Endemic flora



Jollydora armandui, fruit. Endangered Liberian endemic.



Endemic flora



Liberia lies in the centre of the most important botanical biodiversity hotspot west of Nigeria- a hotspot reaching from eastern Sierra Leone to southwest Côte d’Ivoire and down from Guinée-Forestière to the Atlantic coast of Liberia.



This hotspot is thought to exist because of the high rainfall and weak dry season in much of the area and the many hills and low mountains, especially in the north and north-east. During the latest ice-age (ca 100,000 years to 11,500 years ago), when the forest cover in Africa was much more limited than today, there were at least two large forested areas remaining in Liberia, one in the north and north-east around the Nimba and Wutivu mountains and one close to the sea. Endemic species from the evergreen forest like Alsodeiopsis villosa, Gilbertiodendron obliquum, Heckeldora jongkindii, Jollydora armandui and Tetraberlinia tubmaniana must have found refuge in the coastal forests while species from the drier forests like Dactyladenia globosa, Jasminum cuneatum, Pavetta micheliana and Pavetta platycalyx survived in the forest on the slopes and near the streams of the mountains. Possibly these two refuge forest areas were connected in the west around what is now Gola Forest in Liberia and Sierra Leone because several other (near) endemics like Cola angustifolia, Dactyladenia whytei, Pseudoprosopis sericea and Sericanthe adamii, also found near the mountains or near the coast, are found there together.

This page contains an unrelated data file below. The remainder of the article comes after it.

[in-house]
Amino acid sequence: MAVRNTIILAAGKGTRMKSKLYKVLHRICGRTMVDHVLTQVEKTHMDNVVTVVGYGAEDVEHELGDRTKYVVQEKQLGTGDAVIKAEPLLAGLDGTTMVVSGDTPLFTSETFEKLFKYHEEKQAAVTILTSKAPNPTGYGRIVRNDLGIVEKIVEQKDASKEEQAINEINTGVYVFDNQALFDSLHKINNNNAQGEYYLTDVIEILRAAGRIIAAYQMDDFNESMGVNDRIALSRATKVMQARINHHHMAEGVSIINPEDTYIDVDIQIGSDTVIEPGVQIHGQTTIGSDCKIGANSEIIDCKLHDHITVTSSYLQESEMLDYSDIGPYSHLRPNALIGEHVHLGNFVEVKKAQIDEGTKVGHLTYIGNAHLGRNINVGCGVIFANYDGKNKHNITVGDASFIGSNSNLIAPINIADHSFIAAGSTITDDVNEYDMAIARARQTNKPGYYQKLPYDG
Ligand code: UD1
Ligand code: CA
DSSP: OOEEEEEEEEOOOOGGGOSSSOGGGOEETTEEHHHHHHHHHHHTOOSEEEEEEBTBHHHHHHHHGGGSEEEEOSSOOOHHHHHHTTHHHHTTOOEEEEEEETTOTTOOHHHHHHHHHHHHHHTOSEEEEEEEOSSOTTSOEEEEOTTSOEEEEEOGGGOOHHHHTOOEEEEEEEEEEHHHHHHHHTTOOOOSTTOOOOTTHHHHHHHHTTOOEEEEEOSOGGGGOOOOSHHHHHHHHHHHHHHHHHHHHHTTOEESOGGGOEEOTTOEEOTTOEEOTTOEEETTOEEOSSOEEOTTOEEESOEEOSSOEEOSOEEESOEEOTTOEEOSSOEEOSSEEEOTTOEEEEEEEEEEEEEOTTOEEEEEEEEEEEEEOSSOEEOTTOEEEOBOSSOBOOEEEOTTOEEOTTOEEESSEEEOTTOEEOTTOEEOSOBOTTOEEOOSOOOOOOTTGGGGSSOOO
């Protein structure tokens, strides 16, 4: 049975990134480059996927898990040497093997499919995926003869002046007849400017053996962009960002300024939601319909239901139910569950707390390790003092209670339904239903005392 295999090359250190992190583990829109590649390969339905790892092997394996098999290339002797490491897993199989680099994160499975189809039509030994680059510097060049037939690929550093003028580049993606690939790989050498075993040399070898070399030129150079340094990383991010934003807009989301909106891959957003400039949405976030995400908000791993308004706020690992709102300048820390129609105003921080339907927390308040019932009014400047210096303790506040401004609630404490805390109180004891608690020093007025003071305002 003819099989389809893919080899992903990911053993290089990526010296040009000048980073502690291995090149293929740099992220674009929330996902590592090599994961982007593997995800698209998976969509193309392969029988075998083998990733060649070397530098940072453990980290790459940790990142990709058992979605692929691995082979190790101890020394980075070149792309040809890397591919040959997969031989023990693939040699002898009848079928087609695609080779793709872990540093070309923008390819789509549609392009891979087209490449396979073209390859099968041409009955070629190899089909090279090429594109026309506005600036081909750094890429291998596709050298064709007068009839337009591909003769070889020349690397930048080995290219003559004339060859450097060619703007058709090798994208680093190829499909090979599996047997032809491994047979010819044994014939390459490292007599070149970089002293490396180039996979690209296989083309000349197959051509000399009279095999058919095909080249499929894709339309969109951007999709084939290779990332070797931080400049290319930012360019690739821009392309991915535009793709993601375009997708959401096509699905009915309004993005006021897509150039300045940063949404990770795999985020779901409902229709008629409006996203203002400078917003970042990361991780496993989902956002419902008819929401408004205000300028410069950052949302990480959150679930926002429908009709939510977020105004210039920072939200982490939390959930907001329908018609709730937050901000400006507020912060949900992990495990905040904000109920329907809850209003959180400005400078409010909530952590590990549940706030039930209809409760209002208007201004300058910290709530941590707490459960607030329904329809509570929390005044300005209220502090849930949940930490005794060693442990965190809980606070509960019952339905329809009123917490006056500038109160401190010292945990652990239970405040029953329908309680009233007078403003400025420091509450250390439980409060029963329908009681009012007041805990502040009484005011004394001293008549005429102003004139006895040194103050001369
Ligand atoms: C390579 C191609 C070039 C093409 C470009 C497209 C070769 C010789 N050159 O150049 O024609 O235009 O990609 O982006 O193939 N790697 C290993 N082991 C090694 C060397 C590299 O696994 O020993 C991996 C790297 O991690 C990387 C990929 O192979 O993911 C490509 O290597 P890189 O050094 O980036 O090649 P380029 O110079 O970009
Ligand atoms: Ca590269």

During recent research conducted over the past 10 years, more and more local endemic and near-endemic plant species have been discovered in Liberia, increasingly underscoring the immense biodiversity values of her forests.



Posted in Flora of Liberia.

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